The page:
Recently I’ve been thinking about dynamo (generator) hubs as an alternative to light systems with rechargeable batteries. Though Shimano makes several popular dyno hubs, the acknowledged gold standard is Schmidt Original Nabendynamo (SON). Schmidt makes the lightest hubs with the least amount of drag, but they are premium priced. You can buy the SON hubs direct through the US importer Peter White Cycles, though your LBS may already have a relationship with him.
Recently I did a tune-up on a bike with this particular wheel with SON hub and a Supernova E3 light. What I thought was particularly sweet was the fact that the light attached to a special nut on the quick release skewer. Thus the light came off with the wheel and would not need to be disconnected from the hub at all. Awesome! Easy to move the wheel from one bike to another, and powerful lighting without ever having to charge a battery.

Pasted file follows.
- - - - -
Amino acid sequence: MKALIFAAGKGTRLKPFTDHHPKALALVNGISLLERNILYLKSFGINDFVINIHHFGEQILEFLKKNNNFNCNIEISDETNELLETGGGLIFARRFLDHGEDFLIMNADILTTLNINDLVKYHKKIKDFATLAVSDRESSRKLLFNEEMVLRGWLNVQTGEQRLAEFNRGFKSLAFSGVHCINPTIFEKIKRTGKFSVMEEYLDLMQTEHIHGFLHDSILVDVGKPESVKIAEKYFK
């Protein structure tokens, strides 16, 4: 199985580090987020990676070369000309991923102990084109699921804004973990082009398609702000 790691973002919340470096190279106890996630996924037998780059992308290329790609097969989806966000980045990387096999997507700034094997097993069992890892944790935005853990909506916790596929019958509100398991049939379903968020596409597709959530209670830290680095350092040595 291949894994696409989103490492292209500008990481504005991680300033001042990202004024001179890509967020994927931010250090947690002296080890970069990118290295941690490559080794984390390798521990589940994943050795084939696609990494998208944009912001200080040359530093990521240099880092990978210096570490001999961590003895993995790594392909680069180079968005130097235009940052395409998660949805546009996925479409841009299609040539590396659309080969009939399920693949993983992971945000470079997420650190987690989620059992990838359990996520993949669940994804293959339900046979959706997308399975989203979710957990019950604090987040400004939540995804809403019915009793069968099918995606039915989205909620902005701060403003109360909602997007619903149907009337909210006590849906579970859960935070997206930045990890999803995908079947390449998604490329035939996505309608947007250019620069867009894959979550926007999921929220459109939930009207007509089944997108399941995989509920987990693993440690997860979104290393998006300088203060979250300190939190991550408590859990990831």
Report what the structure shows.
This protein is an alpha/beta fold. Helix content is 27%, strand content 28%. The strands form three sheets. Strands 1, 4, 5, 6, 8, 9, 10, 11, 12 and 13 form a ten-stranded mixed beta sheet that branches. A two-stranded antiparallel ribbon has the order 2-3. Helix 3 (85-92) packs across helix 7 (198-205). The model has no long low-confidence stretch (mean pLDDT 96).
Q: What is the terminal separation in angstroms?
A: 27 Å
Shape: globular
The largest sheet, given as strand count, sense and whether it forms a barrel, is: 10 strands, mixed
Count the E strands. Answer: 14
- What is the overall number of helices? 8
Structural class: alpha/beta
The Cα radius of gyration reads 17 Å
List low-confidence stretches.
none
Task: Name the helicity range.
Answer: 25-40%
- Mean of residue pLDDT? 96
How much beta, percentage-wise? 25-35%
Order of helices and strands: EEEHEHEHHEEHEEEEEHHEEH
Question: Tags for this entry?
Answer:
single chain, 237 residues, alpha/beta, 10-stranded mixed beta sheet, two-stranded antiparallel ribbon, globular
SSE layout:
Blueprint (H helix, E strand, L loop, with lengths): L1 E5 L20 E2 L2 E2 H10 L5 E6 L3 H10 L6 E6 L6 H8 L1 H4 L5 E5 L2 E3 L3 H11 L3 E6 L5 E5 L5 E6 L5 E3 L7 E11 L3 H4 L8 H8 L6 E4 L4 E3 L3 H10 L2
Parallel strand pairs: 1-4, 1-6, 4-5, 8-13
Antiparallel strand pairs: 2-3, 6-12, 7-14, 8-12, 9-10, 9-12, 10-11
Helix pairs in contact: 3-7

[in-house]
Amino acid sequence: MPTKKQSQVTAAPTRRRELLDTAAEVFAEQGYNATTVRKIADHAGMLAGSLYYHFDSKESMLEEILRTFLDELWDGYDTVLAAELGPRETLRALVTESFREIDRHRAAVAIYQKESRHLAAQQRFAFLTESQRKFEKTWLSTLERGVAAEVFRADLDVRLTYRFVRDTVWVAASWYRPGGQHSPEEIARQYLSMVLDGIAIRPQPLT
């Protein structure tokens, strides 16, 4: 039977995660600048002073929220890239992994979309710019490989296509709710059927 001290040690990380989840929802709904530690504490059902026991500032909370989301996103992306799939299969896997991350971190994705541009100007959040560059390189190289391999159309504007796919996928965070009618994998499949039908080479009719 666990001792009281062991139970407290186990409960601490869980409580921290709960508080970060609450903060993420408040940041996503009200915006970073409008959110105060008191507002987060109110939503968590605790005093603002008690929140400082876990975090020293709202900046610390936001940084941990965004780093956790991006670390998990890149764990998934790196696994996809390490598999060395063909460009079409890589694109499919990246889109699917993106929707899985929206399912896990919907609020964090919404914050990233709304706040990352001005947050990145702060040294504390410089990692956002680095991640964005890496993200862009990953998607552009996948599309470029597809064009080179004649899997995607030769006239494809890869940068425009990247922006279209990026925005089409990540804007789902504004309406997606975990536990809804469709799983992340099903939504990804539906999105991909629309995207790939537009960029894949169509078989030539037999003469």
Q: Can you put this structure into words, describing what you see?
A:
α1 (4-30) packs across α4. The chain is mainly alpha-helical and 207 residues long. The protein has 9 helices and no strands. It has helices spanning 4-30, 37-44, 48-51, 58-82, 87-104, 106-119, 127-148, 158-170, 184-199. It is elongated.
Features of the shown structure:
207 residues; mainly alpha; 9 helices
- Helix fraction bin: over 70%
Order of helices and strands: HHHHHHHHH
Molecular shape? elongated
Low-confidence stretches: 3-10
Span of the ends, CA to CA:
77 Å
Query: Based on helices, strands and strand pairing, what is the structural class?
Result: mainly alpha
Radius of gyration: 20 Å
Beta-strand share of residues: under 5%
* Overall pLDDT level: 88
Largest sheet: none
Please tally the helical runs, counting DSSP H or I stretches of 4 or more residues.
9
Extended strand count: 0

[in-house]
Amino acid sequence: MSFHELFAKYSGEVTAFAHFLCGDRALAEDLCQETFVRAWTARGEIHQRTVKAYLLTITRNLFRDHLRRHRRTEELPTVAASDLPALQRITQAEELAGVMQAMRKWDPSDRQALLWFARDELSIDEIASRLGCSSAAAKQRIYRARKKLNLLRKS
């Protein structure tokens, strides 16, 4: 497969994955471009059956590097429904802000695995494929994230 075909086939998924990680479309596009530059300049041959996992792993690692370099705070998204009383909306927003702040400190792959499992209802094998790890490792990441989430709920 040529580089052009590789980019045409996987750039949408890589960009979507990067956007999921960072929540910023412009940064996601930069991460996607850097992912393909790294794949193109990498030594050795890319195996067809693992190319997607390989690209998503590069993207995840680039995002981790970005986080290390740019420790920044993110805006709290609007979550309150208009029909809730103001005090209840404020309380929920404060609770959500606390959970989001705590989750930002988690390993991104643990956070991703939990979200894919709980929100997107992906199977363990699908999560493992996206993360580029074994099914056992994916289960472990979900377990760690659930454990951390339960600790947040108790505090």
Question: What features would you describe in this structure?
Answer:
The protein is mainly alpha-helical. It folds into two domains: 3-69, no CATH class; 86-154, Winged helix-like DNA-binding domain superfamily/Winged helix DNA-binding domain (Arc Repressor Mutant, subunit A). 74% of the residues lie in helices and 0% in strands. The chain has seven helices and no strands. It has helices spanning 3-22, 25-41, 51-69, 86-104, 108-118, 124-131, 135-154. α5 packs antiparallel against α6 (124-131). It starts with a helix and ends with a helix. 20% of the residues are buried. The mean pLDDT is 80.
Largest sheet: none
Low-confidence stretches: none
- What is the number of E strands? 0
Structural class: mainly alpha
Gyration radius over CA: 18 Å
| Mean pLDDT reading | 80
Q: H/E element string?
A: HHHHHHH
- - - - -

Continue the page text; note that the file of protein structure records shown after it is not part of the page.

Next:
If it were me, I would have built the wheel on a Mavic Open Pro Ceramic rim for better braking in the rain and vastly improved longevity in the grimy, wet NW winters.
One thing about dyno hubs….they all feel super notchy when you turn the axle in your hand. All of them. It’s just the poles and magnets of the dynamo attracting each other. At speed your momentum while riding largely cancels this out, but just twiddling the axle in your hand makes it seem like the hub has something wrong with it.